6 Essential Tools for Your Windows PC


With the arrival of Windows 8, Microsoft heralded a new direction in the way users find, download and install software. To mimic what we have become accustomed to on our mobile devices where we are reliant on official content stores made available by either the device makers or the platform managers (like Google) for all our applications, games, music, videos and books among others, the Windows store was born.

Since then, the Windows Store has grown and grown. It is more prominent on Windows 10 where Microsoft has been very aggressive in pushing it. According to Microsoft, “Apps that come with Windows 10, including Photos, Groove Music, and Movies & TV are seeing millions of active users each month, including more than 144 million people using Photos.”

As much as there are a lot of quality applications being made available through the Windows Store, there are still some quality legacy .exe programs out there that we use and love.

Below you will find a quick rundown of a few programs whose functionality is unmatched in my opinion. There are certainly many alternatives out there (some even better) but I have used these over the years to great levels of satisfaction.

1. 7-zip


Whether your work involves uploading a couple of files daily to some cloud storage or sending to colleagues, clients or friends, you will at some point or another need to zip files. For everyone else, for as long as you are using a Windows PC, you will definitely need software to unzip your files.

There are veteran pieces of software to do just that. WinZip, the most recognizable of them all, just got a swanky new application on the Windows Store. But the last time I used WinZip I was still in high school and I can no longer relate to it as I did over a decade ago. So what have I been using all along?

WinRAR and 7-zip have been my go to programs for all my zipping and unzipping needs. The former is good but you will need to pay for a license if you are to stop the unending prompts once the 30-day trial period is gone, something which the latter won’t bother with. 7-zip is free, easy to use and fully functional. You should definitely give it a try.

2. PhotoScape


Adobe’s Photoshop is the godfather of all photoshop apps (see, the process has now even come to be known by its name). However, most of the time you don’t need to do much. You just need to do a little more than what MS Paint offers but not so much to warrant paying a Creative Cloud license to use Adobe’s solution. So what do you do?

There are several options. Like GIMP. Or even Inkscape. My favourite among all the available alternatives over the last few years has been PhotoScape. It’s lightweight, so you don’t need all the computing power that Photoshop needs. It is also free so no one is asking you for an annual subscription just so that you can edit out Jon Snow’s tiny prick before sharing the screengrabs on social media.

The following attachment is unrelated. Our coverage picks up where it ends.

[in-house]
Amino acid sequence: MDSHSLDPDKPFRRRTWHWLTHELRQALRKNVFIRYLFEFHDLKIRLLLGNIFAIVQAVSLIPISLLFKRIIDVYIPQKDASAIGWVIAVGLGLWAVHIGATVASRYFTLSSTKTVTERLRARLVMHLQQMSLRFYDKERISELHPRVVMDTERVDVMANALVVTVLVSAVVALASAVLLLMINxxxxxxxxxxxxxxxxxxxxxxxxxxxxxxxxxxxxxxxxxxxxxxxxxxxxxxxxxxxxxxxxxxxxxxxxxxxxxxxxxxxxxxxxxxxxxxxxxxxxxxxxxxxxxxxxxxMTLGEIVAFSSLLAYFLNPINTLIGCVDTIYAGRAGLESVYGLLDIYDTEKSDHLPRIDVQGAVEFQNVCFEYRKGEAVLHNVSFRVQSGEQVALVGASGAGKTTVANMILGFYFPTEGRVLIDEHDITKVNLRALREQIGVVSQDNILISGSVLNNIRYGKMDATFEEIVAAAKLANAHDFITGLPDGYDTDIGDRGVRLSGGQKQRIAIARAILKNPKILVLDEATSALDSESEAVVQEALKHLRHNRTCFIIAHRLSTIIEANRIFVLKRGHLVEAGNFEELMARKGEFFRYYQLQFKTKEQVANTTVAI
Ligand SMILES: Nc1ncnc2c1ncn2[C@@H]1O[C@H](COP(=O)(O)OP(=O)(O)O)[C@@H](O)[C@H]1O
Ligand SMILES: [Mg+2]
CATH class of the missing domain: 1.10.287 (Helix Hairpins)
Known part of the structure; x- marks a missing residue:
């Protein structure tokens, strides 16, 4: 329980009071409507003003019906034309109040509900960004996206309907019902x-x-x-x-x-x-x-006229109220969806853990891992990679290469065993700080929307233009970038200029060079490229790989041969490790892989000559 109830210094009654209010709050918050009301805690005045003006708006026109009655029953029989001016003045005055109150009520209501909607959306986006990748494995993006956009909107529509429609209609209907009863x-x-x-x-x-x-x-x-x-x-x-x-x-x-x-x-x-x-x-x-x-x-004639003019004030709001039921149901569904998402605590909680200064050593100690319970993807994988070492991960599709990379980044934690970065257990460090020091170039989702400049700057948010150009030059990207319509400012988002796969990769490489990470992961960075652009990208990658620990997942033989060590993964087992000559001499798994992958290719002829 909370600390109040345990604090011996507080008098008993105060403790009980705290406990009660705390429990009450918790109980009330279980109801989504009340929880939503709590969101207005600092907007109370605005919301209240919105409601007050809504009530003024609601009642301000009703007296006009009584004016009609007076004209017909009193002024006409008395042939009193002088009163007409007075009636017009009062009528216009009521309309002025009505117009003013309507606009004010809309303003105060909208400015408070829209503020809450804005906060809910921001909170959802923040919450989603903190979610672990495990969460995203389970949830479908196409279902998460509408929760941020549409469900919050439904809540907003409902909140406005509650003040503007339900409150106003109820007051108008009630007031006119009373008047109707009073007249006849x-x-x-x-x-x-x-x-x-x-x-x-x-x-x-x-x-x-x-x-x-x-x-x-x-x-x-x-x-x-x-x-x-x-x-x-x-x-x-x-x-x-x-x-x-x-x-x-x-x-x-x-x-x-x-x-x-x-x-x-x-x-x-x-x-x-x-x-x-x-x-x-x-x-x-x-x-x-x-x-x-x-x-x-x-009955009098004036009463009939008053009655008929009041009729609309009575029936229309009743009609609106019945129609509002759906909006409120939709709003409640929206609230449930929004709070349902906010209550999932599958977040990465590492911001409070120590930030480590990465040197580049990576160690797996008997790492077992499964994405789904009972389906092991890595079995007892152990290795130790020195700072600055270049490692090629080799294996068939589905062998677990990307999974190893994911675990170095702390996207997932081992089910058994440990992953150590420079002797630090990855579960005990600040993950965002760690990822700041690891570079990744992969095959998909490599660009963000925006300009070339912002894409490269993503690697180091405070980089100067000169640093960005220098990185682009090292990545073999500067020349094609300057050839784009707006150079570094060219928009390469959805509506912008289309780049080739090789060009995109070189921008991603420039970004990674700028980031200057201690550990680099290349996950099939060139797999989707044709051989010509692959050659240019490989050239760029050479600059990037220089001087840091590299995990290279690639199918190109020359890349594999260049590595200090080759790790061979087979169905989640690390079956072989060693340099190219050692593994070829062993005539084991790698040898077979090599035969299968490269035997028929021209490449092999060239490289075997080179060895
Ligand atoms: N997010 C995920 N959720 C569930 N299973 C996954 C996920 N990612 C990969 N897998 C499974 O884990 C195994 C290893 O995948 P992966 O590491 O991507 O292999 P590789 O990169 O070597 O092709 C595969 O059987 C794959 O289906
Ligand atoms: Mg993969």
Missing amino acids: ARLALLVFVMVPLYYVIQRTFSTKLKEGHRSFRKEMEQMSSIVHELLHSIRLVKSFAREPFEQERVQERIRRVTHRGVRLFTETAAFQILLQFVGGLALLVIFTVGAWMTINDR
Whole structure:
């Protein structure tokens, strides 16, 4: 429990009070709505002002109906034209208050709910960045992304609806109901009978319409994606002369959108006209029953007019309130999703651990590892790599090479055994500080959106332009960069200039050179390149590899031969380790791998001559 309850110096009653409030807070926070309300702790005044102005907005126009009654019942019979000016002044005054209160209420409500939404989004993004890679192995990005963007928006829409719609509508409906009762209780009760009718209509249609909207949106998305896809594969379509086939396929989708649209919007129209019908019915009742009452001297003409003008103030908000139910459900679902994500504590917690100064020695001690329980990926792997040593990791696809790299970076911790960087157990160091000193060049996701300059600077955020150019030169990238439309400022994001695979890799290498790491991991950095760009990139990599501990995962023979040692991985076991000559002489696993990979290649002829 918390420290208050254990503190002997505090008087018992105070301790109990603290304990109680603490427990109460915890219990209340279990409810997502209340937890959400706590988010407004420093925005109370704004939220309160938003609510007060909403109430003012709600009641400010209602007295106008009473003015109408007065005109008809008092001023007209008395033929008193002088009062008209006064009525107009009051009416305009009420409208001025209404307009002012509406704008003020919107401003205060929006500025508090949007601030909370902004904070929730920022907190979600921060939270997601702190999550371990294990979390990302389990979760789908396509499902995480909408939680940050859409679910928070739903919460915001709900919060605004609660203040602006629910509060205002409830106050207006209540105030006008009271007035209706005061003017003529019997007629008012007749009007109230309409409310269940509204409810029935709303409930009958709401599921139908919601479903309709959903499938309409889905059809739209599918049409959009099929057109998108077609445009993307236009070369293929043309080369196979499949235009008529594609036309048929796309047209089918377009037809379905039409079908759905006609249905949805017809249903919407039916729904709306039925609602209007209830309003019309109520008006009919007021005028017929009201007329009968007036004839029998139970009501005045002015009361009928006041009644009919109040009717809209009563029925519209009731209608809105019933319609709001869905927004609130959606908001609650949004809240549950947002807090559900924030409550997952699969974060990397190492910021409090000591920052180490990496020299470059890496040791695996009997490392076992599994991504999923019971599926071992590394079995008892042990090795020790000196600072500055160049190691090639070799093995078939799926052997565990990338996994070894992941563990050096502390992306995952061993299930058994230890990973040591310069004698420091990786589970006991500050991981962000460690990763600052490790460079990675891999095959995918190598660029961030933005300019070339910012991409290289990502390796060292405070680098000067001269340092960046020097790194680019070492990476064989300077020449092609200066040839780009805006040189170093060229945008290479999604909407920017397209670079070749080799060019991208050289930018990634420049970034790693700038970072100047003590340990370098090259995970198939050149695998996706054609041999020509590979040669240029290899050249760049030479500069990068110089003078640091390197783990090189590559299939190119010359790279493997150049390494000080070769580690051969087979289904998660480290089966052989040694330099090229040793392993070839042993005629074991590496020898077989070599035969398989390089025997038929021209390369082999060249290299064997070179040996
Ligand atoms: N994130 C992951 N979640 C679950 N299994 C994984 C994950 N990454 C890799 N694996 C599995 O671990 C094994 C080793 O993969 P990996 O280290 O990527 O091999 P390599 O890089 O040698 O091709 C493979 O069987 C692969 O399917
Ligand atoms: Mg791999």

3. Picasa

I find Microsoft’s built-in photo viewer to be too basic. That is why I go with Picasa all the time. It has an excellent photo viewer on top of its basic photo-editing features.

Sadly, Picasa is being shuttered by Google as the company wants to focus on its core image product, Google Photos. That’s the bad news. The good news is that you can download the program and keep it for good. What you will be missing is updates. Last time I checked, I did not desire any additions to my Picasa experience so I am okay with that. If you are too, I recommend grabbing it quickly before it disappears forever.

4. IDM

The Internet Download Manager or IDM as it is popularly known is a must-have. It makes downloading things a breeze. It will capture all the cat videos you need it to off YouTube for your later offline viewing pleasure in your desired format, it will resume downloading that huge file you started downloading before power went off and your PC powered down and much more.


You will need to pay for a license, though. I paid $25 for the lifetime license over two years ago and I have never regretted it. For a small piece of software that is every bit complete and is actually critical as it could be the gateway to all the malware your computer has ever seen, you don’t want to be the one pirating IDM.

5. PDF Split and Merge


I read the electronic versions of all the local dailies religiously every day. They are delivered in portable document format (PDF). While I prefer reading them on either my smartphone or tablet, I have to turn to the PC when I need to share something interesting I come across. Yes, many a times screenshots are not that important beyond sharing on Twitter and WhatsApp. I use PDF Split and Merge to get just that one page I need to share instead of sharing a whole 45 megabytes newspaper.

6. F.lux


For the same reasons that you will need a blue light filter application on your smartphone or tablet, you need one on your PC too. Dimming your computer’s screen will be fine for your eyes when needed but that still won’t come between your eyes and the effect that blue light has on your body and sleeping patterns. F.lux is the best option out there. The best thing about it? You can have it on your PC even before you can get it on your smartphone (F.lux, while available on Android and iOS, won’t work on just every other device as it requires elevated privileges).